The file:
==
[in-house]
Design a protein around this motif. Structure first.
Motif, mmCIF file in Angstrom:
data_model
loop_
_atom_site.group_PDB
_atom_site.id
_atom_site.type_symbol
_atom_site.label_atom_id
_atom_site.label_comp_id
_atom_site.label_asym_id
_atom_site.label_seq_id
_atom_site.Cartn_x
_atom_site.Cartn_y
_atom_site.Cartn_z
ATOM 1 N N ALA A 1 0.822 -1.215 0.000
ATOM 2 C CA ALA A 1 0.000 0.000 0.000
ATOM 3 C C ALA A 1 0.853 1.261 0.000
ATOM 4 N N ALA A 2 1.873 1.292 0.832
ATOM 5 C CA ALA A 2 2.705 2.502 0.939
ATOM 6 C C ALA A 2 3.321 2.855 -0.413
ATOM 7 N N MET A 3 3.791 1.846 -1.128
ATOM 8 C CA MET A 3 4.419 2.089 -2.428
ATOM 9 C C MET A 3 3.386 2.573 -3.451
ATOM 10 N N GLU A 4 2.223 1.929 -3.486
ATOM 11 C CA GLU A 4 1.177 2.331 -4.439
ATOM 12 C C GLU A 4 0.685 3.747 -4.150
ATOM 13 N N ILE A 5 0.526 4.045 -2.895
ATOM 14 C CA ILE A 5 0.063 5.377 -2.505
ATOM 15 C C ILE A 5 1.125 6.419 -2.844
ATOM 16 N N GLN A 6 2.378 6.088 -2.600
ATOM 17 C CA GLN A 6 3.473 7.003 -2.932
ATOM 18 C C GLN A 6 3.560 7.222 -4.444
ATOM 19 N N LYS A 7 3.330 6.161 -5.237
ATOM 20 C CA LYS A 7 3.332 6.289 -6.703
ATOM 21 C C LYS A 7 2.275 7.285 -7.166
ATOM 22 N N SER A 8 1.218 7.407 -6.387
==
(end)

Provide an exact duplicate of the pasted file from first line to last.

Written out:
[in-house]
Design a protein around this motif. Structure first.
Motif, mmCIF file in Angstrom:
data_model
loop_
_atom_site.group_PDB
_atom_site.id
_atom_site.type_symbol
_atom_site.label_atom_id
_atom_site.label_comp_id
_atom_site.label_asym_id
_atom_site.label_seq_id
_atom_site.Cartn_x
_atom_site.Cartn_y
_atom_site.Cartn_z
ATOM 1 N N ALA A 1 0.822 -1.215 0.000
ATOM 2 C CA ALA A 1 0.000 0.000 0.000
ATOM 3 C C ALA A 1 0.853 1.261 0.000
ATOM 4 N N ALA A 2 1.873 1.292 0.832
ATOM 5 C CA ALA A 2 2.705 2.502 0.939
ATOM 6 C C ALA A 2 3.321 2.855 -0.413
ATOM 7 N N MET A 3 3.791 1.846 -1.128
ATOM 8 C CA MET A 3 4.419 2.089 -2.428
ATOM 9 C C MET A 3 3.386 2.573 -3.451
ATOM 10 N N GLU A 4 2.223 1.929 -3.486
ATOM 11 C CA GLU A 4 1.177 2.331 -4.439
ATOM 12 C C GLU A 4 0.685 3.747 -4.150
ATOM 13 N N ILE A 5 0.526 4.045 -2.895
ATOM 14 C CA ILE A 5 0.063 5.377 -2.505
ATOM 15 C C ILE A 5 1.125 6.419 -2.844
ATOM 16 N N GLN A 6 2.378 6.088 -2.600
ATOM 17 C CA GLN A 6 3.473 7.003 -2.932
ATOM 18 C C GLN A 6 3.560 7.222 -4.444
ATOM 19 N N LYS A 7 3.330 6.161 -5.237
ATOM 20 C CA LYS A 7 3.332 6.289 -6.703
ATOM 21 C C LYS A 7 2.275 7.285 -7.166
ATOM 22 N N SER A 8 1.218 7.407 -6.387